US Democratic lawmakers introduce bills targeting drug pricing

US lawmakers including Senator Bernie Sanders and Representative Elijah Cummings introduced legislation on Thursday seeking to reduce prescription drug prices. "The United States pays by far the highest prices in the world for prescription drugs," Sanders commented, adding "if the pharmaceutical industry will not end its greed, which is literally killing Americans, then we will end it for them."  

One piece of legislation, named the Prescription Drug Price Relief Act, would link the prices of prescription drugs in the US to the median price from five countries, namely Canada, France, Germany, Great Britain and Japan. The measure would be in line with a proposal announced in October by the administration of US President Donald Trump that would tie drug prices paid by Medicare to an "international pricing index" (for related analysis, see ViewPoints: Trump leads latest assault against Part B bellwethers).

Another part of the bills would allow Health and Human Services (HHS) Secretary Alex Azar to negotiate prices paid by Medicare Part D. The bills would additionally let consumers import drugs from Canada and other countries and permit generic drug competition for "excessively priced" products. 

Commenting on the news, the Pharmaceutical Research and Manufacturers of America (PhRMA) stated "the proposals from Senator Sanders would wreak havoc on the US healthcare system," continuing "they would interfere with patient access to medicine, while also undermining the US intellectual property system, replicating the flawed policies of foreign governments and circumventing the [FDA's] robust safety standards."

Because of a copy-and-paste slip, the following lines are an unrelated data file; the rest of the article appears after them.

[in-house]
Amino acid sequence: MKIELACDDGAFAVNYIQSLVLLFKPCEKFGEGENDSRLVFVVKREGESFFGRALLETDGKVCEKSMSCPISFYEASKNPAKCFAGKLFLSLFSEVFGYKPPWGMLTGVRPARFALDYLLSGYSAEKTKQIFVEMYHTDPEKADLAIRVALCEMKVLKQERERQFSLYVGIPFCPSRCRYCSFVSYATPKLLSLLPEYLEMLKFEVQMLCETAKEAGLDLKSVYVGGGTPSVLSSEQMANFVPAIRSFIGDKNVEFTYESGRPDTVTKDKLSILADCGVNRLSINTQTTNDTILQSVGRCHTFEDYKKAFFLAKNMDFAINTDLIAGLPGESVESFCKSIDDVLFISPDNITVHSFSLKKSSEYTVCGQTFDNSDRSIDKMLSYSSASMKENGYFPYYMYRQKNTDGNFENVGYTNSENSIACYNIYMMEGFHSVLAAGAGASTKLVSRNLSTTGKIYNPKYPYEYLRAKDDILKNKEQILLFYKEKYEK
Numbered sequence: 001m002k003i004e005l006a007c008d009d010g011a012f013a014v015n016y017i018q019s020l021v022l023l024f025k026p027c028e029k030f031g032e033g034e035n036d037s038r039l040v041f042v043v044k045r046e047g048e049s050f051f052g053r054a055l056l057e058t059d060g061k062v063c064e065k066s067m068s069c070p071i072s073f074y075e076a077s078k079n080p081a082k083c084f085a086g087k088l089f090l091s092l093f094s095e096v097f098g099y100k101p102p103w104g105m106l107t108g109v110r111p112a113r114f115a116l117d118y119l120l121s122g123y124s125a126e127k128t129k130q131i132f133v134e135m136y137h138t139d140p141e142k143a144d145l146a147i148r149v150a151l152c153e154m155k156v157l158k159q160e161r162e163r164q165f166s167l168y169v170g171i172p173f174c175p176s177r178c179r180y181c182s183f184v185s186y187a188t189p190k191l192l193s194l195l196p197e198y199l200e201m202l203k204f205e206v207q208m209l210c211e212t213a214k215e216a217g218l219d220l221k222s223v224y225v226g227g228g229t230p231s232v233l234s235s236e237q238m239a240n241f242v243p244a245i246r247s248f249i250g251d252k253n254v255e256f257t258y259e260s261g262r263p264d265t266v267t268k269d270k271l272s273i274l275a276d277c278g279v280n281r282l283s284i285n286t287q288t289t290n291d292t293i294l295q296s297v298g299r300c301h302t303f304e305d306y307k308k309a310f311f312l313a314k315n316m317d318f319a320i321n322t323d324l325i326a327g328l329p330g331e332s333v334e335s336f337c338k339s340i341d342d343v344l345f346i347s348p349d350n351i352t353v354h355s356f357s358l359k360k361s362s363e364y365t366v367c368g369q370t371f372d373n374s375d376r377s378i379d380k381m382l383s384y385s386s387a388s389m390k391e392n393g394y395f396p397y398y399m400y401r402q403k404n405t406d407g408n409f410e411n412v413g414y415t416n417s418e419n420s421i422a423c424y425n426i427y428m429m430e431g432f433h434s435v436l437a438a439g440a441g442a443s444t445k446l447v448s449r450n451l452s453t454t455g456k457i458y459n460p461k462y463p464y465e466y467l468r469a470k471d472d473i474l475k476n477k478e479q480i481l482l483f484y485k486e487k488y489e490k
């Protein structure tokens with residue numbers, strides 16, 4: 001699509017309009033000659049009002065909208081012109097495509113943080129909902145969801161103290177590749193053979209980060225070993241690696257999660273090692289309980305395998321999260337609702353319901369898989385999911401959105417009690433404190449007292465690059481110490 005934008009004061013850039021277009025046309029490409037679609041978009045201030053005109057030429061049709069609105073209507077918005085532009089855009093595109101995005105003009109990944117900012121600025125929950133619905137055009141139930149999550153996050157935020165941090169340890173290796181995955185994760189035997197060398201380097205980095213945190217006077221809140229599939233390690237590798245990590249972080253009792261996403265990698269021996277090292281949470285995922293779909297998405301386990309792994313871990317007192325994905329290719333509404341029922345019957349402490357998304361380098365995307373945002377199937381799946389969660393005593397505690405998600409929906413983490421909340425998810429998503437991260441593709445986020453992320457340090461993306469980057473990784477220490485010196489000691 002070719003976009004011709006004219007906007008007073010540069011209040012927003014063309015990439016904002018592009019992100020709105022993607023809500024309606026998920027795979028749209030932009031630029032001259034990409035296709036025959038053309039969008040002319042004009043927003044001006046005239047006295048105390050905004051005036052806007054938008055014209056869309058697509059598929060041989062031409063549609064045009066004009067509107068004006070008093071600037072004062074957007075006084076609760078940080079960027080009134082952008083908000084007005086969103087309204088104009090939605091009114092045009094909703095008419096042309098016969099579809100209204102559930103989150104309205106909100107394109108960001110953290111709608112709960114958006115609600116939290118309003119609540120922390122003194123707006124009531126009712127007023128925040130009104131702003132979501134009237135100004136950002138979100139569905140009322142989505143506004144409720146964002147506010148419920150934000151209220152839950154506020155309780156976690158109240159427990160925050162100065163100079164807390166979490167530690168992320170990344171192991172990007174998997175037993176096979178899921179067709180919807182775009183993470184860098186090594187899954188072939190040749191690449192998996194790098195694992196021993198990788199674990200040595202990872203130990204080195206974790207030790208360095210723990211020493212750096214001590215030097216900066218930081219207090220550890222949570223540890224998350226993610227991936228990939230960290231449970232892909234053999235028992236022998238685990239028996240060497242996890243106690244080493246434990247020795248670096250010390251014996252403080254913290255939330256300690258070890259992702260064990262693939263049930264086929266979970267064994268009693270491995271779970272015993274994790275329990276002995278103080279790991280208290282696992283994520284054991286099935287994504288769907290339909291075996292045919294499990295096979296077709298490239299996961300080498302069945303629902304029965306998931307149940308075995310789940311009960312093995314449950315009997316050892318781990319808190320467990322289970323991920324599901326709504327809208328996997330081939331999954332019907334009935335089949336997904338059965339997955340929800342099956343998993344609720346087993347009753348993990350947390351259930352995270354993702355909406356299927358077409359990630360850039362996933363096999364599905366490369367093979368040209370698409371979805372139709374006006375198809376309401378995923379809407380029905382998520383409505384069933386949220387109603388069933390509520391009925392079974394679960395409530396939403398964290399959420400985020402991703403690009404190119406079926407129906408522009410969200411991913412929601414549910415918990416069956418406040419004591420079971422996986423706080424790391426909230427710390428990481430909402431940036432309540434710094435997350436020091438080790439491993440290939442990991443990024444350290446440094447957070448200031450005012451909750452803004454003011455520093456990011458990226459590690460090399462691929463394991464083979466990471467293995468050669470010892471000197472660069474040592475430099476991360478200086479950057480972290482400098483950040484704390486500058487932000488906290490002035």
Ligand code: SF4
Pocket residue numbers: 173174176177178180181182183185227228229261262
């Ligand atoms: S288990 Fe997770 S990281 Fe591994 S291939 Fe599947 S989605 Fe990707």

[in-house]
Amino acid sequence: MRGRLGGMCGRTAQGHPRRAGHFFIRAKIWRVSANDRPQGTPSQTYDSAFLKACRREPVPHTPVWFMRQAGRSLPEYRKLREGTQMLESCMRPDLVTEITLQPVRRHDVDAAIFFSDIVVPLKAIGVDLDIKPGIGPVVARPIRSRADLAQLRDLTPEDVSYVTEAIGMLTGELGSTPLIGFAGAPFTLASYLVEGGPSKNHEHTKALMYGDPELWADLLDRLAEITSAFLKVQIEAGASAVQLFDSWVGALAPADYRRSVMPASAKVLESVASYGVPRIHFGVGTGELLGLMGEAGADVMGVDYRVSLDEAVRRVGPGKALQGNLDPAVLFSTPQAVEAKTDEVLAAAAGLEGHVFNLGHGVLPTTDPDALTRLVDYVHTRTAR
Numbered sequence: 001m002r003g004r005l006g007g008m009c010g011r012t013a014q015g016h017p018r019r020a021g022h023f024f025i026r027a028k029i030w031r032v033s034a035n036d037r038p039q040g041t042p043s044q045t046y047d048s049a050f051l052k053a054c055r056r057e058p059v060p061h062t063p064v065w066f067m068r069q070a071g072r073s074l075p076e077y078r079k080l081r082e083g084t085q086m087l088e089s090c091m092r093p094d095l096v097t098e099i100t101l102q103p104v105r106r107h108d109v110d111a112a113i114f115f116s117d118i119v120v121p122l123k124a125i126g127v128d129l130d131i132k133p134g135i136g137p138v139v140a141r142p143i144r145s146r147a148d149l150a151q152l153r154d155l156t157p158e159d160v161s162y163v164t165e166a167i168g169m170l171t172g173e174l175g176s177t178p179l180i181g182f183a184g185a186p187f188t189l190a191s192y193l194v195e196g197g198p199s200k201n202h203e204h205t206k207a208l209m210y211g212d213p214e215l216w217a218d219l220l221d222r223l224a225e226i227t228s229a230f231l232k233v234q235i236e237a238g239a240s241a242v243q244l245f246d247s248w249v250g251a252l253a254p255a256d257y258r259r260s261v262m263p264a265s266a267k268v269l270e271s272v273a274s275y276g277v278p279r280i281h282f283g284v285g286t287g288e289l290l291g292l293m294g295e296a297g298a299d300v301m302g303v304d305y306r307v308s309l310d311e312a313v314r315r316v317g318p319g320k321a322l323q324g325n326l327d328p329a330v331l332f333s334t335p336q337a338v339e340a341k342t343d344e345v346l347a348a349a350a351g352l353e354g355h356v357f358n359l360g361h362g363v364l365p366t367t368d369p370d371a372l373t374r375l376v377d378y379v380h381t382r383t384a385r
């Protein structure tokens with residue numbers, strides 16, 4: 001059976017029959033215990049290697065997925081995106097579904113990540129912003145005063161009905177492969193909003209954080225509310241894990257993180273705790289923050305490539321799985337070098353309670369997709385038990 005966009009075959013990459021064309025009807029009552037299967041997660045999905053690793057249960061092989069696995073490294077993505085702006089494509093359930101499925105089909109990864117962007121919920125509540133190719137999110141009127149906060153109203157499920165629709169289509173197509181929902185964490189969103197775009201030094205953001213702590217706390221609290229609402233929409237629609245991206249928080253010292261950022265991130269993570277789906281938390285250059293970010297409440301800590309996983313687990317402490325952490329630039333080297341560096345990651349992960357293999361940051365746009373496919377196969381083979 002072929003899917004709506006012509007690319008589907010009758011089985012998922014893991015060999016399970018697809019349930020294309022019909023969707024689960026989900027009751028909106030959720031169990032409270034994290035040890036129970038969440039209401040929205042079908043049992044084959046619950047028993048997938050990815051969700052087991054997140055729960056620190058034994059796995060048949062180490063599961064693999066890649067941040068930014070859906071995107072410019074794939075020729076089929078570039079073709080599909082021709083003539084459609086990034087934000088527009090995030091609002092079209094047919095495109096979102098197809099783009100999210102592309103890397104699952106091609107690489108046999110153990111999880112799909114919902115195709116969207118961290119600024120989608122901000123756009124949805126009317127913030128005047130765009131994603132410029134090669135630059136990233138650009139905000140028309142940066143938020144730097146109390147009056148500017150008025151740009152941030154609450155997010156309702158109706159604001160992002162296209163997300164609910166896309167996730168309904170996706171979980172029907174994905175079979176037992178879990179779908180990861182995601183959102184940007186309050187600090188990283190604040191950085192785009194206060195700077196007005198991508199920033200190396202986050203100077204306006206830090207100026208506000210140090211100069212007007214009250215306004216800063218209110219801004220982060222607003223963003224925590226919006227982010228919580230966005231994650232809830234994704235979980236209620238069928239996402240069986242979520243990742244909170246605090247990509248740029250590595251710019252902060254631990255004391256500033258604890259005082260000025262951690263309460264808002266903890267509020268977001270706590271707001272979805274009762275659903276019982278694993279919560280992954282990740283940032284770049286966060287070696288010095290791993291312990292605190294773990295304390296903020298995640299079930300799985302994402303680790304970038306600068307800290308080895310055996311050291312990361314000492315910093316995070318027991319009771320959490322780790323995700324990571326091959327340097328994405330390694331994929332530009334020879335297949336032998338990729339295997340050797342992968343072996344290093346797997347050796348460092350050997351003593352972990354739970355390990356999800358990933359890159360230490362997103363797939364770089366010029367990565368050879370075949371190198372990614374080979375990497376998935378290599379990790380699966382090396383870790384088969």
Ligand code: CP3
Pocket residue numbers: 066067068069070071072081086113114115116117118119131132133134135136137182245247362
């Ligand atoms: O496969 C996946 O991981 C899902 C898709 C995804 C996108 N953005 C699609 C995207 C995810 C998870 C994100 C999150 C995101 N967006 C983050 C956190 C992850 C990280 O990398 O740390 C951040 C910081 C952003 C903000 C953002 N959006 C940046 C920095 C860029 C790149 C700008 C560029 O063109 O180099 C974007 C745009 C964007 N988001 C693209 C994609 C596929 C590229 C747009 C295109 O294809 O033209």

The news comes after sources indicated earlier this week that Trump planned to meet with top advisers regarding drug pricing after companies raised the prices of more than 250 drugs by an average of 6.3 percent. Pfizer, which was among the drugmakers that delayed price hikes in response to criticism from the President, expressed plans in November to increase the prices of 41 products at the start of this year. 

Meanwhile, the Trump administration has previously unveiled a number of initiatives targeting US drug pricing. Last May, Trump announced plans seeking to increase competition in the pharmaceutical industry. Later, HHS disclosed a proposed rule change that would require drugmakers to reveal the prices of certain drugs in direct-to-consumer advertising. 

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